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Let $X$ and $Y$ be sets, let $A \subset X$ and $B \subset Y$ be subsets and let $\pi_1: X\times Y \to X$ and $\pi_2: X\times Y \to Y$ be projection maps. Prove that $(\pi_1)^{−1}(A) = A \times Y$ and $(\pi_2)^{−1}(B) = X \times B.$

So I know to solve something is equal to something else, I need to show that something is in both of these things. I'm just not sure how to do this. Could someone also explain what a projection map is? Thanks!

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  • $\begingroup$ Instead of "be projection maps" your teacher should have written "be the corresponding projection maps". You have $\pi_1(x,y) = x$ and $\pi_2(x,y) = y$. It's as simple as that. Now, you should be able to prove the claims. $\endgroup$ – amsmath Mar 24 at 2:59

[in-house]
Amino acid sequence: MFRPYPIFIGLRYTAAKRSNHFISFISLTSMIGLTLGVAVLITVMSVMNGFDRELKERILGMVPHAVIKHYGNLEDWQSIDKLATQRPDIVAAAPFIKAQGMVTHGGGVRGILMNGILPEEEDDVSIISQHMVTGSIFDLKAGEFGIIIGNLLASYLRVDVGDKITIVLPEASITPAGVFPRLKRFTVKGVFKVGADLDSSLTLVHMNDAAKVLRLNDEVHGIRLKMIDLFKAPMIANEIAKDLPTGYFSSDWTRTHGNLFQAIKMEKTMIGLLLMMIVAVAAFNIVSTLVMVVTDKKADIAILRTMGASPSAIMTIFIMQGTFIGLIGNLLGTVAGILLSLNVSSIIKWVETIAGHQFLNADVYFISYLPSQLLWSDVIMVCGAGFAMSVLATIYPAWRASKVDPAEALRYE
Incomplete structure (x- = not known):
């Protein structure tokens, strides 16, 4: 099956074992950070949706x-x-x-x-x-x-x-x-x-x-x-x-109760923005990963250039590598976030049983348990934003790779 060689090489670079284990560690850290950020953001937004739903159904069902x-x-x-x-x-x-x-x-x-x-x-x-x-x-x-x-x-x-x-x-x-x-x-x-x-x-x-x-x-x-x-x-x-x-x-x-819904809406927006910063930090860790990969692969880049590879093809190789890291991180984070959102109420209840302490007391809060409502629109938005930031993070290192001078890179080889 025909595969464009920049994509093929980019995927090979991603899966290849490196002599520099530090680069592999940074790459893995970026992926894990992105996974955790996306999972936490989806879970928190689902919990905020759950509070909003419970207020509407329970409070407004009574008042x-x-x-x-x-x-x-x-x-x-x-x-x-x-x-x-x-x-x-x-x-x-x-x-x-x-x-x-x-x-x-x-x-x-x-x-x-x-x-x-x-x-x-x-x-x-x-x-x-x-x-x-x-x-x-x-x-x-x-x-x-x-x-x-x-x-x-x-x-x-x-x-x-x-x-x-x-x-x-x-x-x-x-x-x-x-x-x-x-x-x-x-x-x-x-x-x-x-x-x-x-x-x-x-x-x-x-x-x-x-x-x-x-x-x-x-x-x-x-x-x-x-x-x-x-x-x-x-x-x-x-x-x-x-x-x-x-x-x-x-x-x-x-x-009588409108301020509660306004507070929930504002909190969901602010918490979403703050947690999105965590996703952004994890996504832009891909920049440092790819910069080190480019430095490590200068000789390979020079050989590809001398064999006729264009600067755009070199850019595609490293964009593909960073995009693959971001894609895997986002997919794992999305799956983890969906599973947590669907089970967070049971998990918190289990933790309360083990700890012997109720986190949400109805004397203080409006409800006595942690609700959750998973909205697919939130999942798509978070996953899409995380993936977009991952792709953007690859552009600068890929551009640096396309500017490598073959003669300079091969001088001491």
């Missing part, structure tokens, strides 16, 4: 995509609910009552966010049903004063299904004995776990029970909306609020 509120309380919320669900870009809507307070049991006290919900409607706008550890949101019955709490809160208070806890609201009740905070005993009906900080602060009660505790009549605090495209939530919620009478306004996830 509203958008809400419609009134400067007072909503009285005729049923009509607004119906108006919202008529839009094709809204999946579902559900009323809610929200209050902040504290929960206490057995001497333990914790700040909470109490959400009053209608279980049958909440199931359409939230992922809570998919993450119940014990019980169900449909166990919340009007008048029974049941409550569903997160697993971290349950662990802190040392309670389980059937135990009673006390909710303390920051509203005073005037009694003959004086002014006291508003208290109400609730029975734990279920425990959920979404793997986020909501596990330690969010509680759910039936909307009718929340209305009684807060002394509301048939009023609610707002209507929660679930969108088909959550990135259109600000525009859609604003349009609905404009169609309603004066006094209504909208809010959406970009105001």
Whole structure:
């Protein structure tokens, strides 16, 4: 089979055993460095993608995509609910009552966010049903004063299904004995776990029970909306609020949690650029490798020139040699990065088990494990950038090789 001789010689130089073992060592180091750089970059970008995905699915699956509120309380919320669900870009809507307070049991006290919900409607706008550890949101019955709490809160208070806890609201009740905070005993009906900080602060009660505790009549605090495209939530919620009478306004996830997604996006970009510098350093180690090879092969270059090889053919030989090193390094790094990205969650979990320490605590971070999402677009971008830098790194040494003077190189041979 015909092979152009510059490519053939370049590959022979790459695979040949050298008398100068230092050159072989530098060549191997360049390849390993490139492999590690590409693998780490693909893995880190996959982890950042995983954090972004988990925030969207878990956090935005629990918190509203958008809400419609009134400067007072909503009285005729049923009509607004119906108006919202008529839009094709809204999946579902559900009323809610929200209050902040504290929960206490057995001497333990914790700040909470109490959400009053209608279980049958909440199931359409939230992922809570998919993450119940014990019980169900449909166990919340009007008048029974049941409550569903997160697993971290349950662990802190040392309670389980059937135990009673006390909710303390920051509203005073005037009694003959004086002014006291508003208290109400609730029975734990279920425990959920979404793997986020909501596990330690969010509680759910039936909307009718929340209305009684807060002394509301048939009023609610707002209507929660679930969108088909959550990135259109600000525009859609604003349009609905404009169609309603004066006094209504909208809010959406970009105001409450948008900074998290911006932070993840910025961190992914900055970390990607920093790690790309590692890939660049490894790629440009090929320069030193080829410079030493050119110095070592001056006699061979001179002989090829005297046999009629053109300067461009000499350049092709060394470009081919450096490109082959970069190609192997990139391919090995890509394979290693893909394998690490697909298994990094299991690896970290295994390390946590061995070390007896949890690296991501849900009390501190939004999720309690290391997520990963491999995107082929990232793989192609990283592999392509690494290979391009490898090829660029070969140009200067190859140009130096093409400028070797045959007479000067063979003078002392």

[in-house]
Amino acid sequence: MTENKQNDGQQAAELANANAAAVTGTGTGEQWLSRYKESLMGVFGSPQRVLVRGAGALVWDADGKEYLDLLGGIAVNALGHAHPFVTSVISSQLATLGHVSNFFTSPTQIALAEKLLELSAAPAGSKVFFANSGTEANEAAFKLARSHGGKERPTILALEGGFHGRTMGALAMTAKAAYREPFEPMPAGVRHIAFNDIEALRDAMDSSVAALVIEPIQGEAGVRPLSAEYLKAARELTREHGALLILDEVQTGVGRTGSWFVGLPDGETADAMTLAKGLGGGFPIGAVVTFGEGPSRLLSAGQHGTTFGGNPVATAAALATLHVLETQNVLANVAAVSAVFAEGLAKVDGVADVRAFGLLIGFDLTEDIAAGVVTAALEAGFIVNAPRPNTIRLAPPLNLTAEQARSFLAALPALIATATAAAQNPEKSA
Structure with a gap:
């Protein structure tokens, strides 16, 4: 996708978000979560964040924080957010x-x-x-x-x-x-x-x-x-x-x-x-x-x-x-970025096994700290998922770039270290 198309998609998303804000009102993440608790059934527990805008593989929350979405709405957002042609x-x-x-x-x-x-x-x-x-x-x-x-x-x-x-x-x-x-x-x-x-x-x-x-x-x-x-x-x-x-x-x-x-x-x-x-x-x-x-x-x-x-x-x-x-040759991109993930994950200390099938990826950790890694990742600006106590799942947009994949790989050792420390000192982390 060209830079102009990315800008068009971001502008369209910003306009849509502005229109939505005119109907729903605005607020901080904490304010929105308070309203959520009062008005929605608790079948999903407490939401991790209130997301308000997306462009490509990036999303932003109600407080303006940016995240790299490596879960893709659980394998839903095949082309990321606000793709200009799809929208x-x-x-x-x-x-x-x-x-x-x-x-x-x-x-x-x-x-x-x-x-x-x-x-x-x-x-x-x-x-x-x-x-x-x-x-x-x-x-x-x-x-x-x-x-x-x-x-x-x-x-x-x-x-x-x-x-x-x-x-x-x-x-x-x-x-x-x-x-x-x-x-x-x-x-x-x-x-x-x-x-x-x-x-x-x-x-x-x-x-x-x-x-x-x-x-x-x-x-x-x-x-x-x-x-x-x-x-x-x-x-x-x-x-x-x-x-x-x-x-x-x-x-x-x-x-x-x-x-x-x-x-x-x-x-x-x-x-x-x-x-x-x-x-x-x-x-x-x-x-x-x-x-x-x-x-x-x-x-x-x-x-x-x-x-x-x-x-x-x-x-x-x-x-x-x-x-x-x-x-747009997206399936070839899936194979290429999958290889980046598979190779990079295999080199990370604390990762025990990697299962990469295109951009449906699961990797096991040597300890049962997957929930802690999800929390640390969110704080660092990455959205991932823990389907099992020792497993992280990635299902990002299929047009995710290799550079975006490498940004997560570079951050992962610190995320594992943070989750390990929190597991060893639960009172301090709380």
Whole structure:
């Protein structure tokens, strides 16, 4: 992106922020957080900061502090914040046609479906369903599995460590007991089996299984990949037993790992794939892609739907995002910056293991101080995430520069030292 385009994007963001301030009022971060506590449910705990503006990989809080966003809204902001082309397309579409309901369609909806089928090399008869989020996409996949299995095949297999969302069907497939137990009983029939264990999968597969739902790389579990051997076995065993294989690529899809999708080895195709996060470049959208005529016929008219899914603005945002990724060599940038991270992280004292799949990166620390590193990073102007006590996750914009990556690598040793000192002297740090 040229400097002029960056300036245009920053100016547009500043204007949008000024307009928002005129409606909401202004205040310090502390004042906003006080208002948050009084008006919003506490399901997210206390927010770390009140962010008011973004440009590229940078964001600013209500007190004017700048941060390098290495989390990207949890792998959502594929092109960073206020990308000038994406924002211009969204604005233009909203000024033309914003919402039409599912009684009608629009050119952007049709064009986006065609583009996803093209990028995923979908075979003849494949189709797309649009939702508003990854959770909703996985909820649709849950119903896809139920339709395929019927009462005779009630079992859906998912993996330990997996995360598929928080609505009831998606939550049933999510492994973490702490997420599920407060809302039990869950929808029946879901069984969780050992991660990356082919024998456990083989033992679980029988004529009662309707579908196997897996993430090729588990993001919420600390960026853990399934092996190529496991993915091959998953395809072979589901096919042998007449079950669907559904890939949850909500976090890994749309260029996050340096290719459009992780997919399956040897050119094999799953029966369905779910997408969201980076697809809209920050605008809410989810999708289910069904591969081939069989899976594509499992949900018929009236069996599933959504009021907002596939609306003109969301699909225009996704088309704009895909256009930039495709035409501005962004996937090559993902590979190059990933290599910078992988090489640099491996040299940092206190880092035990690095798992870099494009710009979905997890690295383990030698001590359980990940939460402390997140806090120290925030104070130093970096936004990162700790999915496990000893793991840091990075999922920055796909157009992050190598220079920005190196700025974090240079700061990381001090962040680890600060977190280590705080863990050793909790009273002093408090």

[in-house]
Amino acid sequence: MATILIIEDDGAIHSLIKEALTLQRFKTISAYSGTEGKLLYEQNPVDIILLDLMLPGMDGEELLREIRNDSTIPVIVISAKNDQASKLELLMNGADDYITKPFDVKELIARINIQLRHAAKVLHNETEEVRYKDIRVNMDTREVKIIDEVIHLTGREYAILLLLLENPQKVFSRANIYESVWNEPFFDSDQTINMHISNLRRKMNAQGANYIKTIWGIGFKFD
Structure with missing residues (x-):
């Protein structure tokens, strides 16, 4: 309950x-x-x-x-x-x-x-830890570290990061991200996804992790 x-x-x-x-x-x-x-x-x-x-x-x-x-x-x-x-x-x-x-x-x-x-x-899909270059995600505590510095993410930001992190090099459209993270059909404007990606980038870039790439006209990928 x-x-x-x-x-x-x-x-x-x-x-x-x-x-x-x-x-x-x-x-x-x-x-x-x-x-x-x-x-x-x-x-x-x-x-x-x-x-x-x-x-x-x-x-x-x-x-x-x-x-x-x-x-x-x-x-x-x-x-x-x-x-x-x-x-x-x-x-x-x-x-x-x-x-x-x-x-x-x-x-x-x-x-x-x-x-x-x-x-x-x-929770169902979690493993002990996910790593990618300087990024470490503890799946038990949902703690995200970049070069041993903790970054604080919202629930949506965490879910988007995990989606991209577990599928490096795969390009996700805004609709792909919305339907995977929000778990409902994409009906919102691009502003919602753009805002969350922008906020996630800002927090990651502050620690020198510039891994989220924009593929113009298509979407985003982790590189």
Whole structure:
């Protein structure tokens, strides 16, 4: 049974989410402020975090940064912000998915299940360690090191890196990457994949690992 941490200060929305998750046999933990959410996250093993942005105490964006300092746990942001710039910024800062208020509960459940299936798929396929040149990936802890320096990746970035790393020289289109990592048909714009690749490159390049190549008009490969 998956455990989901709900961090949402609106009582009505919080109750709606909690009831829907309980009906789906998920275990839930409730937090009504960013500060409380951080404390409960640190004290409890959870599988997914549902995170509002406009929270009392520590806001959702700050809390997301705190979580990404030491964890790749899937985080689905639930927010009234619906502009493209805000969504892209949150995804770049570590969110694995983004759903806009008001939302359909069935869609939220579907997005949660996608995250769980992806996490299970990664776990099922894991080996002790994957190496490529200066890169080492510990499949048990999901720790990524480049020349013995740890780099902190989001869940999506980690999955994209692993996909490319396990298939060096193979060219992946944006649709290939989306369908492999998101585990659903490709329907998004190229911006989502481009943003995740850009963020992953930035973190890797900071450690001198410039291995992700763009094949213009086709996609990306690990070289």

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As amsmath mentioned, it basically follows from the definition of the corresponding projection maps.

The projection maps are defined as $$ \pi_1: X \times Y \to X, (x,y) \mapsto x$$ and $$ \pi_2: X \times Y \to Y, (x,y) \mapsto y$$

The preimage of $\pi_1(A)$ is $$\pi_1^{-1}(A) := \{(x,y) \in X\times Y \mid \pi_1(x,y)\in A\}$$

which is equivalent to $ A\times Y$ given the definition of $\pi_1$.

Proving $\pi_2^{-1}(B) = X \times B$ works equally.

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